Newscast Media CARACAS—Venezuelan authorities Wednesday said they uncovered a
plot by opposition leaders, international financiers and officials backed by the U.S.
State Department to assassinate President Nicolas Maduro and take over the
At a press conference, top socialist leader and mayor of the capital Caracas Jorge
Rodriguez denounced the “complex plan” to assassinate Maduro and unleash a spiral
of violence in the country to justify foreign intervention.
Rodriguez said the plot, financed by “a multimillion-dollar fund” that has backed
different anti-government actions since February, was led by Venezuelan banker
Eligio Cedeno, a fugitive from justice in Venezuela.
The mayor also accused former rightwing deputy Maria Corina Machado of being
behind the schemes, saying several emails tie her directly to actions aimed at
fomenting violent regime change in Venezuela.
In one email, Machado mentions Kevin Whitaker, the U.S. ambassador to Colombia,
and says the U.S. has confirmed its support of the political opposition and signaled
what new steps should be taken.
“We have a bigger checkbook than the government,” another of Machado’s purported
“What we present today is part of a criminal investigation being carried out by the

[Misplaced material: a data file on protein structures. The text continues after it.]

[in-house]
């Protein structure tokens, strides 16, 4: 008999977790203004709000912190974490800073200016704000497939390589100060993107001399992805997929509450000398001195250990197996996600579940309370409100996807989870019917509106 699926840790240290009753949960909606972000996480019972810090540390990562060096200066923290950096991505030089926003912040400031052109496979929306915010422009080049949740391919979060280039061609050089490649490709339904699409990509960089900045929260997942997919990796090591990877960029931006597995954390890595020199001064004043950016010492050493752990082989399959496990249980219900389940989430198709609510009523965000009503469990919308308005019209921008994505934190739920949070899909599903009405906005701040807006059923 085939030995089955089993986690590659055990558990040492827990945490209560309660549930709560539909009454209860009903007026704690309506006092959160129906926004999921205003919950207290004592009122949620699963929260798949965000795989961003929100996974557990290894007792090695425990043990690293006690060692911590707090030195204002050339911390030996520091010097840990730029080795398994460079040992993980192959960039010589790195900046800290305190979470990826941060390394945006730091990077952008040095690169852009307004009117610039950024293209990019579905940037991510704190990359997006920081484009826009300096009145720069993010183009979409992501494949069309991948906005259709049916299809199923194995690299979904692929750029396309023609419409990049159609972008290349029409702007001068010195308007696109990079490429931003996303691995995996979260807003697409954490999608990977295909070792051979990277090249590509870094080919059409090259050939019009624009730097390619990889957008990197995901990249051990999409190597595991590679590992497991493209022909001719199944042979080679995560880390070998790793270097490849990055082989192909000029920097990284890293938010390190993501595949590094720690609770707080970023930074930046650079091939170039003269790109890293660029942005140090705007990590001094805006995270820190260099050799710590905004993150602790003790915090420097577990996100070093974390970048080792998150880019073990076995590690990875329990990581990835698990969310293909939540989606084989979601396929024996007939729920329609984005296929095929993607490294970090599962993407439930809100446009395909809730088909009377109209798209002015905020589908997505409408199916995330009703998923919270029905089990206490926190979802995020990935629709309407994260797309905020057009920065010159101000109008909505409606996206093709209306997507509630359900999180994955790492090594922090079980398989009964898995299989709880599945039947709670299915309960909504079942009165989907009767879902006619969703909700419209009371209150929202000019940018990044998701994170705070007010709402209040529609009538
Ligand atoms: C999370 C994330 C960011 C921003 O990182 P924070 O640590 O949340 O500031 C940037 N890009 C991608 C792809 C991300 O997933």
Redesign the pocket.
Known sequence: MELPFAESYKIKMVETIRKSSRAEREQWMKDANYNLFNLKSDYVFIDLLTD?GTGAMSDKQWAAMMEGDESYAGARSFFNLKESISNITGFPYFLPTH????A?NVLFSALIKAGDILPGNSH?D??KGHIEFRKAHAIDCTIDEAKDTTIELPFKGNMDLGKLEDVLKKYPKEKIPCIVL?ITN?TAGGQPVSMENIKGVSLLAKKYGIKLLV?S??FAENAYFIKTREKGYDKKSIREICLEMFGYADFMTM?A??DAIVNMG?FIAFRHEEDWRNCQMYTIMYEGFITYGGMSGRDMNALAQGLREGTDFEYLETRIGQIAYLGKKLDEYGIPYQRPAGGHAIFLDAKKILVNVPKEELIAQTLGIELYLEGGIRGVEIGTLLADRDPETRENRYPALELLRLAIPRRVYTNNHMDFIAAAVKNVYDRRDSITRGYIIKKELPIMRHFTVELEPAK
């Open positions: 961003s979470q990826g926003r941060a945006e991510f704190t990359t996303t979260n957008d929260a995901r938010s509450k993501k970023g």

administration of justice, because the Venezuelan opposition aims to destroy the
peace and constitutional order of our nation,” said Rodriguez.
Rodriguez asked the U.S. government to clarify whether it knew of Whitaker’s
contacts or if the official acted on his own. He also said the government will be
presenting its evidence of a planned military coup in coming days.
Venezuela has been rocked by violent protests since February promoted by hardline
opposition leaders demanding that Maduro step down. The clashes have left 42 dead,
835 injured and led to 2,500 people being detained, according to the Attorney
Also Wednesday, Venezuelan deputies rejected a U.S. congressional initiative to
apply sanctions against Venezuelan officials accused of violating the human rights of
Venezuelan National Assembly Deputy Saul Ortega, of the ruling socialist party, said
the proposed sanctions were “inofficious,” as U.S. laws “lack jurisprudence” in the
South American nation.